How To Select Row Boat Oars

If you are a frequent reader and if you have been paying attention, you know that I recently painted my Harbercraft fourteen foot aluminum boat. My intention then and now is to turn it into the cottage rowboat. That’s to replace the old wooden rowboat that has unfortunately, at nearly 60 years old, seen better days.
"old wooden rowboat"
The new aluminum rowboat is painted and floating nicely tied to the dock. I had a pair of spruce oars that we used with the wooden rowboat, however, they are not quite the right size, or so I figured out when I had the new rowboat out for some “sea-trials” recently.

The aluminum boat is much wider than the old wooden rowboat and much lighter, which has an impact on the size of oars required for effective rowing. (I said “effective” but I meant “easy”)
"aluminum boat"

How To Select Rowboat Oars

I am slowly coming to realize that there is a “science” to everything. I would have just gone to Walmart or Canadian Tire and bought the first pair of oars I came across that looked good. However, that would be wrong….very wrong.

Turns out there is some actual calculatin’ and figurin’ (to coin a Lonesome Larry phrase) to selecting rowboat oars. Uh-oh, get out the calculators, there is some math involved here.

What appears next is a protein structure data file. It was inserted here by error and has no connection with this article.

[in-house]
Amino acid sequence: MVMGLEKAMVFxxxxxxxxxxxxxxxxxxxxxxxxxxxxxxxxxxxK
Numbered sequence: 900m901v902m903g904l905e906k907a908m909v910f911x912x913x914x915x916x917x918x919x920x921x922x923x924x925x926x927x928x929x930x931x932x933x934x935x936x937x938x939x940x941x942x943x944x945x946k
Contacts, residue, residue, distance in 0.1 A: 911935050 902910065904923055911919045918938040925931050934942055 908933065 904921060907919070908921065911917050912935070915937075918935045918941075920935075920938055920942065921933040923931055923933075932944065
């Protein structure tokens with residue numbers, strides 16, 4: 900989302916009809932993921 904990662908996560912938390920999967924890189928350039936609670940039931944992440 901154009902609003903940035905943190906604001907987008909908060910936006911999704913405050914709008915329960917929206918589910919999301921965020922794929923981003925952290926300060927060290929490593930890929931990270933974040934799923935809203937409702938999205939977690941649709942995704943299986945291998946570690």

According to an article written by Frank Whittemore for here is the calculation for how to select rowboat oars.

1) Calculate the proper length of the oars by first measuring the span of the boat from oar lock to oar lock.
2) Divide the span measurement in half, then add 2 inches to determine the outer loom length, which is the length of the oar from the end of the grip to the fitting that holds the oar in the oar lock.
3) Divide the span measurement by 7 and multiply the difference by 25 to calculate the approximate length of the oar needed for your rowboat.

Frank offers some additional useful information to help you select the right oars for your particular rowboat. You can read his article here: – How To Select Rowboat Oars

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